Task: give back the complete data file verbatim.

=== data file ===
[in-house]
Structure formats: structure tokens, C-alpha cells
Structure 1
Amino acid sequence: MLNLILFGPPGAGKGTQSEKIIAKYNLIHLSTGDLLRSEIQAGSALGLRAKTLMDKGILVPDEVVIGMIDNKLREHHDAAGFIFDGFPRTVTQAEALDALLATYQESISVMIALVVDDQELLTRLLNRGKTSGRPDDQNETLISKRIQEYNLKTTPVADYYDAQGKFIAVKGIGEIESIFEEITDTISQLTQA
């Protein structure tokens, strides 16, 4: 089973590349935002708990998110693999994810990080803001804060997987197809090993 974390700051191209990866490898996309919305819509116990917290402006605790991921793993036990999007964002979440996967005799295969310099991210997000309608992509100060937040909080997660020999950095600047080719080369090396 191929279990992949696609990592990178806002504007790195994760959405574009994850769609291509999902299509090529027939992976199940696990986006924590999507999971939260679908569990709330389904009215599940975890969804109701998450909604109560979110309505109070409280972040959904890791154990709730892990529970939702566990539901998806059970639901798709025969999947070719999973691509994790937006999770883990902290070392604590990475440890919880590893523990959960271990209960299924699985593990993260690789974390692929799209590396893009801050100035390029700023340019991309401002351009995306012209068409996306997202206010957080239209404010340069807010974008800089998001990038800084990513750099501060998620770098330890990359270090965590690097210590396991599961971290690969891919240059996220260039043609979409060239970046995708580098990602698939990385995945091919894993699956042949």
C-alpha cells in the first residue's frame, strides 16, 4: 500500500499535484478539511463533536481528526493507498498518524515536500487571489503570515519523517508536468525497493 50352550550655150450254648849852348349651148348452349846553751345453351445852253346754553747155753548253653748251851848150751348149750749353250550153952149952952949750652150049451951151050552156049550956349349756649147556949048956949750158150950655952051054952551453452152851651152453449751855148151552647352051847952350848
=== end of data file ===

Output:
[in-house]
Structure formats: structure tokens, C-alpha cells
Structure 1
Amino acid sequence: MLNLILFGPPGAGKGTQSEKIIAKYNLIHLSTGDLLRSEIQAGSALGLRAKTLMDKGILVPDEVVIGMIDNKLREHHDAAGFIFDGFPRTVTQAEALDALLATYQESISVMIALVVDDQELLTRLLNRGKTSGRPDDQNETLISKRIQEYNLKTTPVADYYDAQGKFIAVKGIGEIESIFEEITDTISQLTQA
């Protein structure tokens, strides 16, 4: 089973590349935002708990998110693999994810990080803001804060997987197809090993 974390700051191209990866490898996309919305819509116990917290402006605790991921793993036990999007964002979440996967005799295969310099991210997000309608992509100060937040909080997660020999950095600047080719080369090396 191929279990992949696609990592990178806002504007790195994760959405574009994850769609291509999902299509090529027939992976199940696990986006924590999507999971939260679908569990709330389904009215599940975890969804109701998450909604109560979110309505109070409280972040959904890791154990709730892990529970939702566990539901998806059970639901798709025969999947070719999973691509994790937006999770883990902290070392604590990475440890919880590893523990959960271990209960299924699985593990993260690789974390692929799209590396893009801050100035390029700023340019991309401002351009995306012209068409996306997202206010957080239209404010340069807010974008800089998001990038800084990513750099501060998620770098330890990359270090965590690097210590396991599961971290690969891919240059996220260039043609979409060239970046995708580098990602698939990385995945091919894993699956042949």
C-alpha cells in the first residue's frame, strides 16, 4: 500500500499535484478539511463533536481528526493507498498518524515536500487571489503570515519523517508536468525497493 50352550550655150450254648849852348349651148348452349846553751345453351445852253346754553747155753548253653748251851848150751348149750749353250550153952149952952949750652150049451951151050552156049550956349349756649147556949048956949750158150950655952051054952551453452152851651152453449751855148151552647352051847952350848